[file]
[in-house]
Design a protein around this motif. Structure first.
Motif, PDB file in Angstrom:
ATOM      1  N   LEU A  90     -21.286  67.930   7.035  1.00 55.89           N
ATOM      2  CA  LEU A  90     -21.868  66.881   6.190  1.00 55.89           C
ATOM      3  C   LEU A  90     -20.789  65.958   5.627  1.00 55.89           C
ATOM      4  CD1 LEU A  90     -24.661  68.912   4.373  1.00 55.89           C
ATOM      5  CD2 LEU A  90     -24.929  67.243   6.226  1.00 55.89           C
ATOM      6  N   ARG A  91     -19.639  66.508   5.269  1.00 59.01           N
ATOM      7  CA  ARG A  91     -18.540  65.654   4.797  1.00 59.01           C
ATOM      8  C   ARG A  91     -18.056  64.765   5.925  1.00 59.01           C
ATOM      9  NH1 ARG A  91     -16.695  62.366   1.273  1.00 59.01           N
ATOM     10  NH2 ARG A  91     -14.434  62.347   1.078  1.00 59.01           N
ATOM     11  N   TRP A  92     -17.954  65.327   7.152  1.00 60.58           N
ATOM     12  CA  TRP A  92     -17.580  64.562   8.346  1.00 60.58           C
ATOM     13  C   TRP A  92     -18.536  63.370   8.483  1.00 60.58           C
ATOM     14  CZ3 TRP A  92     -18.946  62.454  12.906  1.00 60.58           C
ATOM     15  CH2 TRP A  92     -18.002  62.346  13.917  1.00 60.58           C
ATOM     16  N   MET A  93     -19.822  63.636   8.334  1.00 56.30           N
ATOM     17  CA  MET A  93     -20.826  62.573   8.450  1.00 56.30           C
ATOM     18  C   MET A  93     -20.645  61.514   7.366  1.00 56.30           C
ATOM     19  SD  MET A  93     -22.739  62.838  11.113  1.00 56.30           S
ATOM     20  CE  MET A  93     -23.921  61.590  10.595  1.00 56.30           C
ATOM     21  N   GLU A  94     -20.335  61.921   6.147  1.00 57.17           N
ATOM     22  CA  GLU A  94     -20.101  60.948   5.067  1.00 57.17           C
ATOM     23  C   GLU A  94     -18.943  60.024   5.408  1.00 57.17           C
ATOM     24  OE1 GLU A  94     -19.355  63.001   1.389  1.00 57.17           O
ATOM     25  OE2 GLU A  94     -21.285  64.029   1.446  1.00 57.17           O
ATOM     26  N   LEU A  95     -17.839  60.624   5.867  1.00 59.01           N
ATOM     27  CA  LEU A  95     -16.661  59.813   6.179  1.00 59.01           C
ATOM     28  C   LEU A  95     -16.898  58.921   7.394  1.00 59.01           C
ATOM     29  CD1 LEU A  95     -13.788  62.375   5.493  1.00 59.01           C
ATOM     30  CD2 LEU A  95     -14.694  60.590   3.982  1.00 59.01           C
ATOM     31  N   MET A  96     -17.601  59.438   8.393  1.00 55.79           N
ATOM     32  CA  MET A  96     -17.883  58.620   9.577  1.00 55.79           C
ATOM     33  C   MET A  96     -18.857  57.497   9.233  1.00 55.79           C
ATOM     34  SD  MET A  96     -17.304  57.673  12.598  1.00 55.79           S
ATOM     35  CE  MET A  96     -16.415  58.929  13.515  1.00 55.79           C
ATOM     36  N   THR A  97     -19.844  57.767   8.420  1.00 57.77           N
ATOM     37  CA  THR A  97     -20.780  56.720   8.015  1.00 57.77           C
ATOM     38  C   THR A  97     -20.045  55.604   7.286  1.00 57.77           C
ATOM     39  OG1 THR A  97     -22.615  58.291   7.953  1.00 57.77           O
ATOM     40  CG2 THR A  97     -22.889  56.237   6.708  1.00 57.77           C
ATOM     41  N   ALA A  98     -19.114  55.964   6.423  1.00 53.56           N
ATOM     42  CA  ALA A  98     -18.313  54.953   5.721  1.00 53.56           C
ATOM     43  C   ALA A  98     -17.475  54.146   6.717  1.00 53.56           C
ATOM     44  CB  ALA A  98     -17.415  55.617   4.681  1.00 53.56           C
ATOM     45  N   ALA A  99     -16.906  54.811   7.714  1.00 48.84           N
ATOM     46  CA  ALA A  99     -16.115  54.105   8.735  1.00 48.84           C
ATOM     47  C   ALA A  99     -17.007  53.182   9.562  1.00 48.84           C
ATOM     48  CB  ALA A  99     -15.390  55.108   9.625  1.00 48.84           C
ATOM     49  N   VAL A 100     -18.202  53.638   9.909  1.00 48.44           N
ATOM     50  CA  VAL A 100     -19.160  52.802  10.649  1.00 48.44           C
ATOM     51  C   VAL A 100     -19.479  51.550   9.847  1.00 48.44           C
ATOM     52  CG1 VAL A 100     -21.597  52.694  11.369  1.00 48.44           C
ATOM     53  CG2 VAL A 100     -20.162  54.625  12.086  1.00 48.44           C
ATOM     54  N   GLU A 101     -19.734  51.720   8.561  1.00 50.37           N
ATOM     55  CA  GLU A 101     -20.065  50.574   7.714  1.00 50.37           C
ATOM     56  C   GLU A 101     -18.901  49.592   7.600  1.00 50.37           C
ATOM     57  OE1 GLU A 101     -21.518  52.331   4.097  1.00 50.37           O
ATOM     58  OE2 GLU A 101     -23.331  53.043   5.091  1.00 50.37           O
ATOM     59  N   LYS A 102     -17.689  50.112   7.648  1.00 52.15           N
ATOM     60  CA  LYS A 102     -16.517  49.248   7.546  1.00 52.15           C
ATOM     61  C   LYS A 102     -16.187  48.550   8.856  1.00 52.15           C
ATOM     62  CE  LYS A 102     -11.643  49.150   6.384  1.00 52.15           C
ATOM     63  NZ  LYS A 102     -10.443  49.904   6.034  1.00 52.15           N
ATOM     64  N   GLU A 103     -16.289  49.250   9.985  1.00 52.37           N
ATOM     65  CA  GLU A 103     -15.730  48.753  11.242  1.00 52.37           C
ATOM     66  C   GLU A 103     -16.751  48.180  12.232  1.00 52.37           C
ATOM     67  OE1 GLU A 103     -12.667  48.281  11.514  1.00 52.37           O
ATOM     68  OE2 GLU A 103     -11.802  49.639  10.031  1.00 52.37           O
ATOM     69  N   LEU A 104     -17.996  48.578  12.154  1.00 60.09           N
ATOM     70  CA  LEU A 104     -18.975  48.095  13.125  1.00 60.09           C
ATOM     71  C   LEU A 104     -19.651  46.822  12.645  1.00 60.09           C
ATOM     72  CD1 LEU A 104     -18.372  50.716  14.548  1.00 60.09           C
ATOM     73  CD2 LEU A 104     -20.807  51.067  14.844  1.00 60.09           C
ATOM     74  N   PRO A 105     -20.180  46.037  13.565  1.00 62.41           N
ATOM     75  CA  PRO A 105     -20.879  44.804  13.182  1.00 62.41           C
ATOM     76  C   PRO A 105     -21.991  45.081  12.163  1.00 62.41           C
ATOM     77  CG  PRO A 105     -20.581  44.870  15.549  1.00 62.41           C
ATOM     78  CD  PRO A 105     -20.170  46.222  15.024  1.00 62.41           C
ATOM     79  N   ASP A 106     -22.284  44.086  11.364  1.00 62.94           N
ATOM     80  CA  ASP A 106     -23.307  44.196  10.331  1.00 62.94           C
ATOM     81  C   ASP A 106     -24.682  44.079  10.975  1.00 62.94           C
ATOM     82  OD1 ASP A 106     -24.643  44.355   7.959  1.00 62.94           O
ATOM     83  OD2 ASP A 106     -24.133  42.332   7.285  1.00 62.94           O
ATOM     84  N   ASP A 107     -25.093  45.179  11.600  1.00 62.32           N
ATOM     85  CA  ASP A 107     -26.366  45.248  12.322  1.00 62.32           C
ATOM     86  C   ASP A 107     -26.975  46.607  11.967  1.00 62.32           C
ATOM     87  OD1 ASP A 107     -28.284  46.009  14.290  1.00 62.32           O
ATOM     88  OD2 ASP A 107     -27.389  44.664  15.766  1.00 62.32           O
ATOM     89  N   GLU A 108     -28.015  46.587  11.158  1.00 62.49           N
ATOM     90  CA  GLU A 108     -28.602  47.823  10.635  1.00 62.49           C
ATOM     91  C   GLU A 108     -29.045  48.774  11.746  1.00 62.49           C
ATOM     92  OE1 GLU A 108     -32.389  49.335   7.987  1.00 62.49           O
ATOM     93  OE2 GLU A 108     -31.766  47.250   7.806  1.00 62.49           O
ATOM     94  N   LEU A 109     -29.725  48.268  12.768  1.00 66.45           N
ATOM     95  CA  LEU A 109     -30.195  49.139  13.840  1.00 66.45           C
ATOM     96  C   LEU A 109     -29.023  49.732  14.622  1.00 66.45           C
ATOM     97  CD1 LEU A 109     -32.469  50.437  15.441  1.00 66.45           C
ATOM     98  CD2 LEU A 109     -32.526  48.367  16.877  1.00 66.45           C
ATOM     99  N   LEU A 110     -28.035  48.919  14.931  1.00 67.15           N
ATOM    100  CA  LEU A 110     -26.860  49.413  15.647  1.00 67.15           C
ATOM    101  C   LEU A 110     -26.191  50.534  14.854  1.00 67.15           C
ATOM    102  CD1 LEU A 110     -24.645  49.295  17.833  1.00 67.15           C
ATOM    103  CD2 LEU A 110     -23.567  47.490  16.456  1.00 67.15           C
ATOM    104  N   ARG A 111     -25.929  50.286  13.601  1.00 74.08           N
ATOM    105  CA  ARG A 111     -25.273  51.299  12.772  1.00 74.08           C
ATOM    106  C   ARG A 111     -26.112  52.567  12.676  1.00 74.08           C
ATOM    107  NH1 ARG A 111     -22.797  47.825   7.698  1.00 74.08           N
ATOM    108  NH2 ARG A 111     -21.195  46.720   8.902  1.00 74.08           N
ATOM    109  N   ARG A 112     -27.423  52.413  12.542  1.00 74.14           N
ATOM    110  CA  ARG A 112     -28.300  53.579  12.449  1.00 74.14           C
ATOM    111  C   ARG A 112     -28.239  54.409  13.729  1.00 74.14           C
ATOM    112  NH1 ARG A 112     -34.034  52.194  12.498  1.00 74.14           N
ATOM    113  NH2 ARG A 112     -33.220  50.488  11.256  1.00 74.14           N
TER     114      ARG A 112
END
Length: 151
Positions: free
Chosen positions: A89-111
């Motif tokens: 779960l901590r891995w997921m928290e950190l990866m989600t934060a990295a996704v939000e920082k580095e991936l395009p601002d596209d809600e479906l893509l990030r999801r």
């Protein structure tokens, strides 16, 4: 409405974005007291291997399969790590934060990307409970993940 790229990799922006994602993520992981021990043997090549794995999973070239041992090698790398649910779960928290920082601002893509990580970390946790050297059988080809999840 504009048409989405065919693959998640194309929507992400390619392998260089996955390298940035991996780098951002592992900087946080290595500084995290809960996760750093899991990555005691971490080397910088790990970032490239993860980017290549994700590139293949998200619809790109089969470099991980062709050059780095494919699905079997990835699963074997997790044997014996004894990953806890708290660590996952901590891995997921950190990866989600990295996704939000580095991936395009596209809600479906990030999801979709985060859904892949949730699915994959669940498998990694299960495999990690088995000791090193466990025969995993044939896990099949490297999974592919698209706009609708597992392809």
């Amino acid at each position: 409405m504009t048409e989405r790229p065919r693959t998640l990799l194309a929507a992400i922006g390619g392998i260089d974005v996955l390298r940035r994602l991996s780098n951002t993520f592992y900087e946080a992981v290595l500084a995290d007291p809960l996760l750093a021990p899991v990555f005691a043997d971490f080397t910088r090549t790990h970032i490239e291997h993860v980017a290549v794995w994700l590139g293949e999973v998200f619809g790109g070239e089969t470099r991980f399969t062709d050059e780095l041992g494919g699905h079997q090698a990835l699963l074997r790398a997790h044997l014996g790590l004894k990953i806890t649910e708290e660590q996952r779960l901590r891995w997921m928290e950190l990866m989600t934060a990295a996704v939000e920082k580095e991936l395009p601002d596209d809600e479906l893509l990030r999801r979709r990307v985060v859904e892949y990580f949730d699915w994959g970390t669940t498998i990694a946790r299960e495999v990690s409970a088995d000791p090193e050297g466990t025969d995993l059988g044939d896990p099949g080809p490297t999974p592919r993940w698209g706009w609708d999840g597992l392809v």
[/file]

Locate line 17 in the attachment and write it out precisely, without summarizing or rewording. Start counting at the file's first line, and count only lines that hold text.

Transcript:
ATOM     14  CZ3 TRP A  92     -18.946  62.454  12.906  1.00 60.58           C